If anyone knows about picking yourself back up when you’ve been knocked down, it’s Brad Hore. When he took up boxing as a young kid, he lost every single one of his first ten fights, but that didn’t deter him, at 17-years-old Hore became one Australia’s 52 Indigenous Olympians.
Hore has always been candid with his battles both in and out of the ring and is a strong advocate for mental health which he shared with the 120 students of Western Cape College.
“Being able to share my story with these kids is so rewarding,” Hore said.
“So many athletes have such great stories but not everyone knows or hears of the hard times. Letting these kids know that being an athlete isn’t always ‘happy days’ is so important in helping them to relate,” he continued.
“Everyone has good days and bad days but it’s about being mentally strong and not being afraid to reach out and ask for help.”
By sharing his story of resilience, Hore hopes that they won’t see failure as an end, but as part of their growth.
“When I started boxing as a 10-year-old, I lost my first ten fights and I explained to the kids that it’s okay to lose - it’s not all about winning everything. I wanted them to know that their failures did not define them, it’s their ability to get back up and keep trying that shapes who they are,” he said.
“It’s the same in any area of life, whether it be getting a bad grade or not winning in competition, the most important thing is to do your best and not give up.”
Hore also explained his struggle with depression and how he was able to pick himself back up with the support of those around him.
“I touched on my depression through sport and explained that it's not normal to feel sad every day. The students asked some really great questions like what you need to do to overcome the sadness you feel when people knock you back and or don’t believe in you,” he said.
“I told them that I had my little group of support which is my family, my coaches and a couple of friends who all believed in me, so I had to believe in myself to get where I wanted to and the people who told me I couldn't do it – they were my motivation.
“I wanted to encourage these kids to believe in themselves and not let anyone stop them from dreaming big. If they want to be an Olympian or a doctor, what’s stopping them?” he said.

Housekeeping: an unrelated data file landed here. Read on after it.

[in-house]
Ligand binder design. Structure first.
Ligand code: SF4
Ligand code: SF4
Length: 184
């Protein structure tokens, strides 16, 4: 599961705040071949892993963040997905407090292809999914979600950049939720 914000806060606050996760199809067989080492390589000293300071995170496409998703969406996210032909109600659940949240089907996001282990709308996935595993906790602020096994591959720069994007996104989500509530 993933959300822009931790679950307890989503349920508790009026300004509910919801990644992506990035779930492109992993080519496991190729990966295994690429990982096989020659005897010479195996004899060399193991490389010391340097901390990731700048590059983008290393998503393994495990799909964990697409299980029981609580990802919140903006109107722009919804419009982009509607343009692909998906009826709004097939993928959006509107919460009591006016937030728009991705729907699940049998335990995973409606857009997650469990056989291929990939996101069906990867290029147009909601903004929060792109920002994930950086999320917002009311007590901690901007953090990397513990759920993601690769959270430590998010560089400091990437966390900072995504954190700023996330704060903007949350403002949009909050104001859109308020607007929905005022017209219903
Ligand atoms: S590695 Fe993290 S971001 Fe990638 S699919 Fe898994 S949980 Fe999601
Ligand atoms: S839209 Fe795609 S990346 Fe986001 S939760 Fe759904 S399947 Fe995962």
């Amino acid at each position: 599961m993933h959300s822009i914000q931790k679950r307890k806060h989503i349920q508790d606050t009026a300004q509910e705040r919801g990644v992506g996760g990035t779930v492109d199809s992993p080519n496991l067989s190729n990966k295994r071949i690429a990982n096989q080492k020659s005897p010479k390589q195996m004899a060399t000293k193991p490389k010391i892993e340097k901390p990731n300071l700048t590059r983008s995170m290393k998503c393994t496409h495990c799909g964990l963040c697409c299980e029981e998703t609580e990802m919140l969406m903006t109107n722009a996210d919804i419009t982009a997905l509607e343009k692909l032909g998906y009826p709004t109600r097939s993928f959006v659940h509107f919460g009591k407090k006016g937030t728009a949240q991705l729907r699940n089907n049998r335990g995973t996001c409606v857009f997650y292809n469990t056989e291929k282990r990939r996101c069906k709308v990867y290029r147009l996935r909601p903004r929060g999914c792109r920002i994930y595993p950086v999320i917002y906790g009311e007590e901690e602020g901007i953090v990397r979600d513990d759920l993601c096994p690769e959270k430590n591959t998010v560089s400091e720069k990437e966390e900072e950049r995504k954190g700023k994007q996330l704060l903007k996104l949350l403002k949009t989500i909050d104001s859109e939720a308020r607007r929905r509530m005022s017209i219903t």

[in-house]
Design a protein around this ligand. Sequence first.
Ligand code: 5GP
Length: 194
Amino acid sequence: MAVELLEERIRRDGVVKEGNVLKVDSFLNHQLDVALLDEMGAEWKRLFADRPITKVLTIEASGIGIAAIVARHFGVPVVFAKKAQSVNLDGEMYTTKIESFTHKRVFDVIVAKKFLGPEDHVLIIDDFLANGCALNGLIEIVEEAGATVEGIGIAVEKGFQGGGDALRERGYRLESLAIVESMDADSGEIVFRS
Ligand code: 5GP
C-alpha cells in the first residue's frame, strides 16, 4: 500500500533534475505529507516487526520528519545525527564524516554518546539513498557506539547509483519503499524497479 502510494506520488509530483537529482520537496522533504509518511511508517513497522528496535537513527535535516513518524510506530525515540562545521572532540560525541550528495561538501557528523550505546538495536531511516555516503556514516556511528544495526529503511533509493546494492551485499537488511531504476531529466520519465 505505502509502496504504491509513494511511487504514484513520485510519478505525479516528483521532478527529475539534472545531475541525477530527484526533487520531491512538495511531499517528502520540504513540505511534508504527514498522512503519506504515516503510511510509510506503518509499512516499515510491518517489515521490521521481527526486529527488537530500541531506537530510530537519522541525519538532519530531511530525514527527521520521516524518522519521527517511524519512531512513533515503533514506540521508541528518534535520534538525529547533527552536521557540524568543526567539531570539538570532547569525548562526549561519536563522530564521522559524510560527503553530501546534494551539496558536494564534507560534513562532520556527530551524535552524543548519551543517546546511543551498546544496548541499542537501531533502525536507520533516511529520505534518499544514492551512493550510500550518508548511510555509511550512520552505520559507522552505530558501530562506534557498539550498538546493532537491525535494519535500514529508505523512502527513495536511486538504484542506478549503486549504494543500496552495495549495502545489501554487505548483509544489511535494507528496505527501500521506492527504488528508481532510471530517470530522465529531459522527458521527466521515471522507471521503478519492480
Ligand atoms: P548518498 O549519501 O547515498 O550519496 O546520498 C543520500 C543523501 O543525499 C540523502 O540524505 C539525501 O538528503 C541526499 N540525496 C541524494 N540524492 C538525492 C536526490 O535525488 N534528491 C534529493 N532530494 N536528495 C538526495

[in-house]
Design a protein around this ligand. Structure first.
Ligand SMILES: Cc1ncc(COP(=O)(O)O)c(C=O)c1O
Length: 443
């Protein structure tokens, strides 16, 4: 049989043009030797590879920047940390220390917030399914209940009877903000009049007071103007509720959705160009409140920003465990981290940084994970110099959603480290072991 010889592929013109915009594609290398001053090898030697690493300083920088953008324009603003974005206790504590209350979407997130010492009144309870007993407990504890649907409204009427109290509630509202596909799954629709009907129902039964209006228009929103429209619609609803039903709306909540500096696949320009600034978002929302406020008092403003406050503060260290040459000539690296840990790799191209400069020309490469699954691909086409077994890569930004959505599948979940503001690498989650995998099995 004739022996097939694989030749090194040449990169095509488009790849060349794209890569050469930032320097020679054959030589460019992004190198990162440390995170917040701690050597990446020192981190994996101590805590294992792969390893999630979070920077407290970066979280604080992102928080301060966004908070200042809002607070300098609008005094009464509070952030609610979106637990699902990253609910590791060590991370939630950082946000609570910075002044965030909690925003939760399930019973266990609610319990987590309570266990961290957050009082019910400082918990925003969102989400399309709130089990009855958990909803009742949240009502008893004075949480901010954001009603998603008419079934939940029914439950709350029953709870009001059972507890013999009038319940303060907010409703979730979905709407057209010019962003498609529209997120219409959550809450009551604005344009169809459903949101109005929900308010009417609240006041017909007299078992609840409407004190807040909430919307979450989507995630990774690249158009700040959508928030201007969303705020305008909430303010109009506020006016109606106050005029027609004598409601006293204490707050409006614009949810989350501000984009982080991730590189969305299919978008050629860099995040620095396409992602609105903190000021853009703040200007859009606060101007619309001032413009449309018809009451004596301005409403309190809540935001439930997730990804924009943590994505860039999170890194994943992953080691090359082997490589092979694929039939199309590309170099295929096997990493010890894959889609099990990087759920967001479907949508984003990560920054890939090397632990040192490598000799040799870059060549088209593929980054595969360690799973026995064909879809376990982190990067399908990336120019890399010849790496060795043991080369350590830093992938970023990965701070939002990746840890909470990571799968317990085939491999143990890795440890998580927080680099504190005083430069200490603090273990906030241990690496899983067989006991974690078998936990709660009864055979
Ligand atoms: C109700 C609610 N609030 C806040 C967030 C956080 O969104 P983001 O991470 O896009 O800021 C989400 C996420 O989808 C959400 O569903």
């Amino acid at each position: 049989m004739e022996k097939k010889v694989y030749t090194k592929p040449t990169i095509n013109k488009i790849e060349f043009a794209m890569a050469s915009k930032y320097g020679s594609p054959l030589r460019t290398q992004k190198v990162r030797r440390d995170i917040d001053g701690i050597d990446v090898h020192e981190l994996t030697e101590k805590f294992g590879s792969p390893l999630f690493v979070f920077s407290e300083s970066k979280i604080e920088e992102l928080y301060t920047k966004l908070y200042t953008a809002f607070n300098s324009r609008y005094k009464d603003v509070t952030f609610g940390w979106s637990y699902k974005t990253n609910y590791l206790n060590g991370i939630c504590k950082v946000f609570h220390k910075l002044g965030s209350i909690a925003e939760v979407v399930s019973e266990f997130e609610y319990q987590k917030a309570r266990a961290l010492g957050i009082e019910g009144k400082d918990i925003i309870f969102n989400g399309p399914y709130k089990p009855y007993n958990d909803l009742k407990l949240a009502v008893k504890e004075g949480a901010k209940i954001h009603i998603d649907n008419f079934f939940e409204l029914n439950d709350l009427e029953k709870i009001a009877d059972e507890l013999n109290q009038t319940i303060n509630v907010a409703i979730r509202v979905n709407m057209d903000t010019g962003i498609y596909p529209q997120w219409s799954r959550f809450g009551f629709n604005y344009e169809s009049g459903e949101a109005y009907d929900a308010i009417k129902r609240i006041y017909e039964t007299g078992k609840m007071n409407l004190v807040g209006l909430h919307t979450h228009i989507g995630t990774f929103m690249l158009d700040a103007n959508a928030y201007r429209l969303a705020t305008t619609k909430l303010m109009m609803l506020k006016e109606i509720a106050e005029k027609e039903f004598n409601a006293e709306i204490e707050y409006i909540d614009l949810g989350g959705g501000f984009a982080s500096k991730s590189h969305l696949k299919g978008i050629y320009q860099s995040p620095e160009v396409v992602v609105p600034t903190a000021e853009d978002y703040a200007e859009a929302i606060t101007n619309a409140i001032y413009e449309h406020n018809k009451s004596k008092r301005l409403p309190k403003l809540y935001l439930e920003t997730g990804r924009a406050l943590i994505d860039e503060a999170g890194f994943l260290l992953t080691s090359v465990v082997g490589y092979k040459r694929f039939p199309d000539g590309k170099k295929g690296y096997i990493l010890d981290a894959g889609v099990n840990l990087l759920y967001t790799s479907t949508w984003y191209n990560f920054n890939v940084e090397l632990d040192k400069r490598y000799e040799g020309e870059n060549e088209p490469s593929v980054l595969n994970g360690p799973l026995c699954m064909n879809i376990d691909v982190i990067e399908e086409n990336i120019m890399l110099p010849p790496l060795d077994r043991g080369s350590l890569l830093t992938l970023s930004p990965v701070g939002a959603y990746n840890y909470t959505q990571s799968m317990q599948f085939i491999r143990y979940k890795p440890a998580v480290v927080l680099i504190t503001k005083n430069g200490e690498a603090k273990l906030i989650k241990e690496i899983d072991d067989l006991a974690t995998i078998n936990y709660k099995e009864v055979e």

“I actually had two young girls come and talk to me, who both just love football. They said they wanted to play professionally, and I said, what is stopping you?
“The girls said, “Oh just boys telling us that we shouldn't be playing” I told them women's sport these days is just as big as men’s sport and the girls were really excited to hear that if they wanted a future as a professional sportswoman, there was nothing to stop them.”
Hore said that doing these presentations is just as rewarding for him, as it is for the students.
“Being able to give back is the best part about Olympics Unleashed – especially being able to talk to all different kinds of kids.
“There were a lot of Indigenous students in Weipa and one of the highlights for me was being able to talk to them, along with two deaf students who I was able to show videos to and engage with, which they really enjoyed,” he said.
“I feel so proud to be able to do what I’m doing and if just one kid gets something positive out of it, then I’ve done my job.”
Olympics Unleashed is free for schools, and takes Olympians and athletes aspiring for Tokyo 2020 into schools to unlock students’ passion and help inspire goal setting, overcoming challenges and developing resilience.
You can find more information and register your school at www.olympicsunleashed.com.au.
Olympics Unleashed is only possible through the great support of State Governments and presenting partner Optus.